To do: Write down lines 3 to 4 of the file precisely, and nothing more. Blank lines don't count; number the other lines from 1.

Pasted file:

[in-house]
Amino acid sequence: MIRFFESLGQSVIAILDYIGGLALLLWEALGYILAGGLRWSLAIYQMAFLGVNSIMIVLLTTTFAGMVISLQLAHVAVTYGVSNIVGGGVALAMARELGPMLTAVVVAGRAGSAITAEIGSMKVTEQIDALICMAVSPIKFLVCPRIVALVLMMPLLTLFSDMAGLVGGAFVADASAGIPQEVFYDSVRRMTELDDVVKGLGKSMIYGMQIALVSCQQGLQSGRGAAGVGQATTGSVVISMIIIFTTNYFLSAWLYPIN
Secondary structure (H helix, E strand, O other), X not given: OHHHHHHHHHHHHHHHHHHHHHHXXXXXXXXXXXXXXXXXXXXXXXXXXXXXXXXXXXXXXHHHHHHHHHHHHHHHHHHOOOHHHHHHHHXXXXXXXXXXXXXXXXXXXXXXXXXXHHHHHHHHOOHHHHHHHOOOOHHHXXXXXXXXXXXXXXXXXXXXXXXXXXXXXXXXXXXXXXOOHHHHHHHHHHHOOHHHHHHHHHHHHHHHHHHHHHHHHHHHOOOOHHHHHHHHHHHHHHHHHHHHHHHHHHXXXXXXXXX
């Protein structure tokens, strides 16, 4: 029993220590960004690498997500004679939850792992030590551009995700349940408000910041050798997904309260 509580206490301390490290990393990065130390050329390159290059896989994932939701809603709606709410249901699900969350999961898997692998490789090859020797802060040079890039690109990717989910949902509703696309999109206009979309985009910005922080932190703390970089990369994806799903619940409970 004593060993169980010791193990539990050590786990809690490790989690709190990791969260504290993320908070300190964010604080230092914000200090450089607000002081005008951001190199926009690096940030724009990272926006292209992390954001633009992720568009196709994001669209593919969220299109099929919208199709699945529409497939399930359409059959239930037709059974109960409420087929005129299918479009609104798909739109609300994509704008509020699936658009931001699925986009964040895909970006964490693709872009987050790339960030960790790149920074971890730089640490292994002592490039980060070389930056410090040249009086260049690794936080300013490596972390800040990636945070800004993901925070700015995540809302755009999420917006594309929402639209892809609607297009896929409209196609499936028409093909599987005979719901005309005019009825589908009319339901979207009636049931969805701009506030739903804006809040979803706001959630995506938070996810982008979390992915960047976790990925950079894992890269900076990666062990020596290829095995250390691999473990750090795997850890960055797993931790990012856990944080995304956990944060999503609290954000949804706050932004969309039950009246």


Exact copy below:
Secondary structure (H helix, E strand, O other), X not given: OHHHHHHHHHHHHHHHHHHHHHHXXXXXXXXXXXXXXXXXXXXXXXXXXXXXXXXXXXXXXHHHHHHHHHHHHHHHHHHOOOHHHHHHHHXXXXXXXXXXXXXXXXXXXXXXXXXXHHHHHHHHOOHHHHHHHOOOOHHHXXXXXXXXXXXXXXXXXXXXXXXXXXXXXXXXXXXXXXOOHHHHHHHHHHHOOHHHHHHHHHHHHHHHHHHHHHHHHHHHOOOOHHHHHHHHHHHHHHHHHHHHHHHHHHXXXXXXXXX
């Protein structure tokens, strides 16, 4: 029993220590960004690498997500004679939850792992030590551009995700349940408000910041050798997904309260 509580206490301390490290990393990065130390050329390159290059896989994932939701809603709606709410249901699900969350999961898997692998490789090859020797802060040079890039690109990717989910949902509703696309999109206009979309985009910005922080932190703390970089990369994806799903619940409970 004593060993169980010791193990539990050590786990809690490790989690709190990791969260504290993320908070300190964010604080230092914000200090450089607000002081005008951001190199926009690096940030724009990272926006292209992390954001633009992720568009196709994001669209593919969220299109099929919208199709699945529409497939399930359409059959239930037709059974109960409420087929005129299918479009609104798909739109609300994509704008509020699936658009931001699925986009964040895909970006964490693709872009987050790339960030960790790149920074971890730089640490292994002592490039980060070389930056410090040249009086260049690794936080300013490596972390800040990636945070800004993901925070700015995540809302755009999420917006594309929402639209892809609607297009896929409209196609499936028409093909599987005979719901005309005019009825589908009319339901979207009636049931969805701009506030739903804006809040979803706001959630995506938070996810982008979390992915960047976790990925950079894992890269900076990666062990020596290829095995250390691999473990750090795997850890960055797993931790990012856990944080995304956990944060999503609290954000949804706050932004969309039950009246």